Researching and sharing family herbal remedies is an important link to our past. Ask your parents and grandparents how they used plants when they were younger. You may be surprised by their answers!! The next series of slides will share with you common plants and their uses. See if you recognize any of the plants. Dandelion leaves and roots are a nutritious food. They also help purify the blood and help indigestion and heartburn.
The buttercup flower has yellow shiny petals shaped like an oval. They have green stems and 2 leafs in the stem. The Buttercup flower usually grows 3-4 inches. Medicine Use The First Nation peoples used Buttercup flowers to make a medicine called buttercup syrup. It was used to help with kids’ sore throats. It must be used carefully as it has a toxin in it that can be dangerous. Household Uses They were used as a decoration. Location Buttercups are found all over Canada. In the USA Buttercups are called Coyote’s Eye.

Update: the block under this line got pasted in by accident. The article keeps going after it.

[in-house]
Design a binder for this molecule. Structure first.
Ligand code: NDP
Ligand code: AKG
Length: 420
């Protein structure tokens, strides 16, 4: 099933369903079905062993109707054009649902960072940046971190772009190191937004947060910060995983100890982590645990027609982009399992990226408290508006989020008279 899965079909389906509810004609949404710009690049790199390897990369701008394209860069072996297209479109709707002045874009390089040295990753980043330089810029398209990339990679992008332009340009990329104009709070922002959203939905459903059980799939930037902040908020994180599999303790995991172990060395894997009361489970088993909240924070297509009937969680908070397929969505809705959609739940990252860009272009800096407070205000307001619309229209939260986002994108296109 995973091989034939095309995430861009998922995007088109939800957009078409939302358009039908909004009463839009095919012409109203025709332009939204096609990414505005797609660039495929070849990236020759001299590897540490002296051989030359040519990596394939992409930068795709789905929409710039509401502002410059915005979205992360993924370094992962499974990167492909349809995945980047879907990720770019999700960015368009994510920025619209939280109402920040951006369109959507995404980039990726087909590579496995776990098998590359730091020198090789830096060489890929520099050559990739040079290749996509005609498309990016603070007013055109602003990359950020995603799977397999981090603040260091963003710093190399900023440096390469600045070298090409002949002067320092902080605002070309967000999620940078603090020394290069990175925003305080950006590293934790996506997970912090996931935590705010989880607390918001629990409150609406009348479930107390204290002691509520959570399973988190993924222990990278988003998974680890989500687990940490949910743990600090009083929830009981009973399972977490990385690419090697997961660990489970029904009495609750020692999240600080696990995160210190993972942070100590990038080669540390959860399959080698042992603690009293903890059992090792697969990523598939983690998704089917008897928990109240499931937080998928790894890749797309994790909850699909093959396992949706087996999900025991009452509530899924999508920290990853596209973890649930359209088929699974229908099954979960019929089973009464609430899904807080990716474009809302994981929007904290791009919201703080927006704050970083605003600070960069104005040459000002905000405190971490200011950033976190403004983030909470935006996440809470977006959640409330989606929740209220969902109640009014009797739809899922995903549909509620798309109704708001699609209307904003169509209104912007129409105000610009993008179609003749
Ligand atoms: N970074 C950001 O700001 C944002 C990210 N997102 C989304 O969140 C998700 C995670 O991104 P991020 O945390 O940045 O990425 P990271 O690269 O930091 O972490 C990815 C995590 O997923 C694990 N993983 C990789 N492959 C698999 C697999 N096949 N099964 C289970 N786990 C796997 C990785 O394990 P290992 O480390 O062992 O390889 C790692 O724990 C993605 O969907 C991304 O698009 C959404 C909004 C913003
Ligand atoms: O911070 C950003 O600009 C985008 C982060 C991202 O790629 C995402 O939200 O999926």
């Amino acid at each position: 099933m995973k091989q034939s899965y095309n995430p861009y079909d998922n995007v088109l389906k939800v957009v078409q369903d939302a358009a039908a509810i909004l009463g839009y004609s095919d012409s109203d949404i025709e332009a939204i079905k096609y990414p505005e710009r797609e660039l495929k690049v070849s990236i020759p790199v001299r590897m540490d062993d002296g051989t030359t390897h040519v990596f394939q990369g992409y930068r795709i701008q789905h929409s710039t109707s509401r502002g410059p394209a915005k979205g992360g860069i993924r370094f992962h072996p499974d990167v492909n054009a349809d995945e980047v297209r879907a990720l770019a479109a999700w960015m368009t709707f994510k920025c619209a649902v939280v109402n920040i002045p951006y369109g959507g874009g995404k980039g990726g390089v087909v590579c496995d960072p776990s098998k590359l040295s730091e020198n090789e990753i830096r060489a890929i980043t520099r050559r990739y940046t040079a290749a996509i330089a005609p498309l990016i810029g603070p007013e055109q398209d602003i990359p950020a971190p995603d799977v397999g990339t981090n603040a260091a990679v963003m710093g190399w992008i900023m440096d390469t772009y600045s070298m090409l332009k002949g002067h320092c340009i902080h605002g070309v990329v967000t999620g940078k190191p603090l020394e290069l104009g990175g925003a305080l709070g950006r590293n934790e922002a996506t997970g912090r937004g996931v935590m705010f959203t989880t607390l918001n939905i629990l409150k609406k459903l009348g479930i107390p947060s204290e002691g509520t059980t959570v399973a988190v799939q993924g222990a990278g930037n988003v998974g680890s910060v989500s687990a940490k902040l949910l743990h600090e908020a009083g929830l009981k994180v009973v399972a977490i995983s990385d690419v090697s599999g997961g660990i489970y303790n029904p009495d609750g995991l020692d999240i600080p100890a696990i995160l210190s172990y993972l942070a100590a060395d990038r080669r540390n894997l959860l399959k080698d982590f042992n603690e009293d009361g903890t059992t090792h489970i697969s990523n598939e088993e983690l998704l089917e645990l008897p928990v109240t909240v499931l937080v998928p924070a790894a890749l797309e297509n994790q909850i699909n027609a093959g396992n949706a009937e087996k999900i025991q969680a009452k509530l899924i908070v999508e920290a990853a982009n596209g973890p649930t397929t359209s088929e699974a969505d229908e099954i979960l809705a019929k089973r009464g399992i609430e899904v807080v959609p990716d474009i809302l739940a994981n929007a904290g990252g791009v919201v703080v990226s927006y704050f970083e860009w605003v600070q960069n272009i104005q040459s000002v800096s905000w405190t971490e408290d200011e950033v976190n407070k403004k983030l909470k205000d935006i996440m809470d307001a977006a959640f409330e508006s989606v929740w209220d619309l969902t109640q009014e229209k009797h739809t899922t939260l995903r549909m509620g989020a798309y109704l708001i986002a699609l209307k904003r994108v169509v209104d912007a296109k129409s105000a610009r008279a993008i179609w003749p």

Chokecherry Flowers are white and in long, dense clusters. The fragrant flowers have 5 sepals, 5 petals, and many stamens. Leaves are from 1 to 3 1/2 inches long. The underside of the leaf is somewhat paler than the top of the leaf. The leaves turn bright yellow to orange in the fall. Growth Characteristics the shrub or small tree, grows from, 6 to 25 feet tall. Fruit is dark red to black, fleshy, cherry like. The fruit is, ¼ to ½ inch in diameter. Food Berries were used to make pemmican, mixed with elk, deer meat and fat. They also used chokecherry for juice, pie, jam, jelly, vinegar, and tarts. Medicinal It helps create more blood cells which helps with your low iron. If you take a piece of bark and put it in water and leave it in the sun for a few days, it can be used for pink eye or eye infections. They used the bark for bark tea for diarrhea, lung infections, to cause sweating, as a cough medicine and used to bring down fever. Household items The berries can be used for paints and dyes. They used the branches to make furniture and baskets.